Some great questions from musicformedia over at filmandgamecomposers.com:
When you first created your library was it all music you had already made, or was it stuff that you created specifically for the purpose of selling in a stock music library?
We started out our music career as composers for TV shows and commercials, radio ads and video games. We would always give our clients 3 or 4 different ideas to choose from for their spot. These were all fairly well-developed ideas. They would choose one and the rest would go on the shelf. Our first collection of royalty free music (published in 1996) was a collection of these alternate choices.
Once that collection started selling we realized we needed to create music specifically for our production music library.
If you were creating your library of stock music from scratch again, what would you do differently?
I think I would have kept track of the different mixes better. In the old days once a mix was done the set up was pretty much lost forever. Now we can recall any mix and have it come back sounding exactly the way it did a couple of years ago.
Do you think there is a set “package” of types of music you should upload? What I mean by this is, if you sell a lot of music, is there a certain amount of of types that sell more than others – ie. should you create a library of 50 songs (each with a 60 second edit, 30 second edit, 15 second edit and 2 or 3 loops), maybe 4-5 sound effect bundles – like a “Video Game” Sound Effect Bundle, “Horror Movie” Sound Effect Bundle etc. I hope this makes sense – my general question is, should you be creating a set amount of each type to maximise sales?
Bundles are great, the more creative the better. In my experience many of our customers go for the full length track but people who just need a loop for their website will buy one or two of these from the package. Lots of people buy the 60 second version because it is usually a bit cheaper.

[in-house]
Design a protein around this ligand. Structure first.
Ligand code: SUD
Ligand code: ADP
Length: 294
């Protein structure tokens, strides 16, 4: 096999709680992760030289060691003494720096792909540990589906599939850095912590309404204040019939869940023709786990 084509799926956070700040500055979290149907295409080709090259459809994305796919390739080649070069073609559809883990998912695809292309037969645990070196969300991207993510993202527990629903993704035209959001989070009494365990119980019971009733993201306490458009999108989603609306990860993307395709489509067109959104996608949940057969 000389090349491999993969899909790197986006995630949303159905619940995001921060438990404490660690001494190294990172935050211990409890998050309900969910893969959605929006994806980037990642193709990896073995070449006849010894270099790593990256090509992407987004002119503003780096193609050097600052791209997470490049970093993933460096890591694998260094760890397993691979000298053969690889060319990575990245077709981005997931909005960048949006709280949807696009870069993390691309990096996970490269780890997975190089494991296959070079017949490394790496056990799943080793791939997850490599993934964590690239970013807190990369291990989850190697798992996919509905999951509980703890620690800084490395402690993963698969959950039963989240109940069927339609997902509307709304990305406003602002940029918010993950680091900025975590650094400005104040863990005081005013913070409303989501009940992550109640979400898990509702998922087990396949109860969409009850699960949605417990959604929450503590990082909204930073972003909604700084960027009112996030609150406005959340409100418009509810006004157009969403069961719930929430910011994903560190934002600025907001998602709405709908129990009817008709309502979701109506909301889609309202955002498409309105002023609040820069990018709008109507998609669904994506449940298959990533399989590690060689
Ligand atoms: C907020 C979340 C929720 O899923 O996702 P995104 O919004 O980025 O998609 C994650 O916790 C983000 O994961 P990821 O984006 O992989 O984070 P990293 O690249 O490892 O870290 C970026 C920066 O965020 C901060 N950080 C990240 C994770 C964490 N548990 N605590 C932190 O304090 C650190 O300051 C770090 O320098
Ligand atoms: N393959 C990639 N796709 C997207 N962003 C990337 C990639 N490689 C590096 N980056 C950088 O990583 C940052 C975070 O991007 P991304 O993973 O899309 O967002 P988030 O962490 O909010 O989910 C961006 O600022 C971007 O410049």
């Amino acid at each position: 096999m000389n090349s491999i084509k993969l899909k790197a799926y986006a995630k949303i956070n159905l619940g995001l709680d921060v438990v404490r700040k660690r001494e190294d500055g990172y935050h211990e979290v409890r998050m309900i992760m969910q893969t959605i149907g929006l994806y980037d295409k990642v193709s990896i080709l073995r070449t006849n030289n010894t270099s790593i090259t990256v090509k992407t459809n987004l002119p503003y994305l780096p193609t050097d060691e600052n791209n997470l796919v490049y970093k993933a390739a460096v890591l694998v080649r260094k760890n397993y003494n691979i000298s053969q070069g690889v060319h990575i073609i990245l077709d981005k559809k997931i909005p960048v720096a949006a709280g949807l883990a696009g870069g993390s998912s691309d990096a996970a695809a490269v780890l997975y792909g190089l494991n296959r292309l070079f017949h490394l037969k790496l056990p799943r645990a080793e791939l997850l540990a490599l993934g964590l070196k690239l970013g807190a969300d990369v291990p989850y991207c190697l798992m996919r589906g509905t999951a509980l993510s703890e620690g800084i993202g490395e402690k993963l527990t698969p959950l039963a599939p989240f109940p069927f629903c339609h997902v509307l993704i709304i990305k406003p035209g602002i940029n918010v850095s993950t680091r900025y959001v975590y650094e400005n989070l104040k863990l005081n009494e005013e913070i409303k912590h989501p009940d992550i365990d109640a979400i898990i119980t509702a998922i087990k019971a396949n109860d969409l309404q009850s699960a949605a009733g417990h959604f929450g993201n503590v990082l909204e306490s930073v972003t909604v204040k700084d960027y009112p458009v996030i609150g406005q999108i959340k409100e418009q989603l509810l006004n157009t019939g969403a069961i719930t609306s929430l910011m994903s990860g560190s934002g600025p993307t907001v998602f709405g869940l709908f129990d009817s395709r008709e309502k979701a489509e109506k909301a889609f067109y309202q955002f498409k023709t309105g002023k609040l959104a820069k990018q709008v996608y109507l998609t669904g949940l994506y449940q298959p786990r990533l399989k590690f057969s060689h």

We have some composers who upload bundles of music loops and corresponding button sounds. Music and complimenting sound effects is a good idea (we did this with our Horror! collection and it sells very well).
In your case maybe some nice ambient nature sounds to go along with your piano music.
Some advice on pricing your packages; if your full length track is 1:30 I would price it the same as your 60 second version.
In general I would price the 60 second version of the tracks close to or the same as the full length track price.
How long are your tracks usually? I have a lot of 20-30 second piano pieces, but I’m not sure they’re long enough.
This is considered fairly short, you might want to extend them. 20 seconds is good for a website, most of our 20 second loops go for $9.95.
The 30 second version might be $14.95 or $19.95 but you really want to get up to at least 60 seconds for most uses.
I’ve noticed a few full sized scores for films – ie. 10-15mins tracks – do you sell any of these yourself, and do you find they sell well?
Most full scores are actual symphony recordings of classical music. At least on our websites I haven’t seen any composers uploading anything over 5 or 6 minutes.